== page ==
Unsilencing Slavery: Telling Truths About Rose Hall Plantation, Jamaica

Celia E. Naylor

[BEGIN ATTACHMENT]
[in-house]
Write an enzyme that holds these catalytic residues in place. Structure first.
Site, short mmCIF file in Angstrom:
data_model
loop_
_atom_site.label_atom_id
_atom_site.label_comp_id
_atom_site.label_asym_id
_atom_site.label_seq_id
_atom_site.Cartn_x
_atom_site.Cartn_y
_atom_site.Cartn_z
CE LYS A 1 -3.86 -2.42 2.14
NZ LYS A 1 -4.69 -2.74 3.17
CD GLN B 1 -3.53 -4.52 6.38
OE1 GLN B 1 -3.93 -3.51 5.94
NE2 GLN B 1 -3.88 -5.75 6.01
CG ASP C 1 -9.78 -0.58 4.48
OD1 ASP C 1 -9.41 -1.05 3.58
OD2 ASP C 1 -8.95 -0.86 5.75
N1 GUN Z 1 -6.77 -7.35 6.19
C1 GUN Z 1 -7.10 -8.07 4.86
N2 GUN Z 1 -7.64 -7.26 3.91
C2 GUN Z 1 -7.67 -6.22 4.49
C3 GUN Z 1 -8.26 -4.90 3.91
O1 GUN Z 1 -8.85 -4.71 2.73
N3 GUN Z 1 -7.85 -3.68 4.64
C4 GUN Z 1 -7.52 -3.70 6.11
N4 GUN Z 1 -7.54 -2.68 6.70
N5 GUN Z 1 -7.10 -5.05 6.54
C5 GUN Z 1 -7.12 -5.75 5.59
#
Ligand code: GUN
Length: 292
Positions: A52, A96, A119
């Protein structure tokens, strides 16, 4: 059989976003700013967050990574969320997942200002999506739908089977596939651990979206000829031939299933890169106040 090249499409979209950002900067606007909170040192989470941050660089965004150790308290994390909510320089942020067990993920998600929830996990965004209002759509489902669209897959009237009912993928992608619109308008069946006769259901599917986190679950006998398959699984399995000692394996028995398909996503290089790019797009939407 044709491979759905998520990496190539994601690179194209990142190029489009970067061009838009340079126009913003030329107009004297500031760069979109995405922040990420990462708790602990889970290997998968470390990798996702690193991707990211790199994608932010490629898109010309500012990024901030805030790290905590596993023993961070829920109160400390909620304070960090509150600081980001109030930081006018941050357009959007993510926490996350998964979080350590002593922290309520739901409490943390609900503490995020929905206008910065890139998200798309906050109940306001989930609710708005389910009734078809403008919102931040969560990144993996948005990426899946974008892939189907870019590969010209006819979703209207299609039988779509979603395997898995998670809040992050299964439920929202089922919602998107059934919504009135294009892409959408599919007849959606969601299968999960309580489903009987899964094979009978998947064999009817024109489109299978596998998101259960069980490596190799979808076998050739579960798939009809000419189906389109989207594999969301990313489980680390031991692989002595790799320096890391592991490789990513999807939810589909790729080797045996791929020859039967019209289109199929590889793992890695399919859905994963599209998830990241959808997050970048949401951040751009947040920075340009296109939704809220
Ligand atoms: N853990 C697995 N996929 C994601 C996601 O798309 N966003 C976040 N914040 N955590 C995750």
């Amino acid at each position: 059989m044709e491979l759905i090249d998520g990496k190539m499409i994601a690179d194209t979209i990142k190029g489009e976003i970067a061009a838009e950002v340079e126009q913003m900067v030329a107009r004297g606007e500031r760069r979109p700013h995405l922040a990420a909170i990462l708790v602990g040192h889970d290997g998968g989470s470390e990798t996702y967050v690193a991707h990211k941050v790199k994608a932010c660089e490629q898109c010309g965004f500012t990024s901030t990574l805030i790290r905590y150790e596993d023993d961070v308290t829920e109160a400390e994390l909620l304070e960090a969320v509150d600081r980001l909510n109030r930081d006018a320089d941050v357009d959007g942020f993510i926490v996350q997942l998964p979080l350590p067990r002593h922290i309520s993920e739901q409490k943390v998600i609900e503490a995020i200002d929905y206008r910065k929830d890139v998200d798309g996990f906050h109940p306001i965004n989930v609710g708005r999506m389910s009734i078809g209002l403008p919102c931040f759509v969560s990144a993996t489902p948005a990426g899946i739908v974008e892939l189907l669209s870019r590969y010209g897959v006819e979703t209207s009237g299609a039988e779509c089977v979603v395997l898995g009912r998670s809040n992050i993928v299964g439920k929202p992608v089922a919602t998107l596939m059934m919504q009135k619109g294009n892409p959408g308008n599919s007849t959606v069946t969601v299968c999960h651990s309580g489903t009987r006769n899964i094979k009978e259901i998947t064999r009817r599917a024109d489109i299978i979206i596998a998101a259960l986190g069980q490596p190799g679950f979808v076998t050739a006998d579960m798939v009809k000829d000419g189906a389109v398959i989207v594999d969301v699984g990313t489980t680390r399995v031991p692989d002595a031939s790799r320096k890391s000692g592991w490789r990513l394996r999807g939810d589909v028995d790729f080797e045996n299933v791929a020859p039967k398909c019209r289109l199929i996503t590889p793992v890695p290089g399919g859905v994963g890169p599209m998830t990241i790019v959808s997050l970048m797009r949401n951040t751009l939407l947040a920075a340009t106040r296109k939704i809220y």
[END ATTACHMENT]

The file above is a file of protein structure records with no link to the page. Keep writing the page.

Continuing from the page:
Popular references to the Rose Hall Great House in Jamaica often focus on the legend of the “White Witch of Rose Hall.” Over one hundred thousand people visit this plantation every year, many hoping to catch a glimpse of Annie Palmer’s ghost. After experiencing this tour with her daughter in 2013 and leaving Jamaica haunted by the silences of the tour, Celia E. Naylor resolved to write a history of Rose Hall about those people who actually had a right to haunt this place of terror and trauma-the enslaved. Naylor deftly guides us through a strikingly different Rose Hall. She introduces readers to the silences of the archives and unearths the names and experiences of the enslaved at Rose Hall in the decades immediately before the abolition of slavery in Jamaica. She then offers a careful reading of Herbert G. de Lisser’s 1929 novel, The White Witch of Rosehall-which gave rise to the myth of the “White Witch”-and a critical analysis of the current tours at Rose Hall Great Hall.

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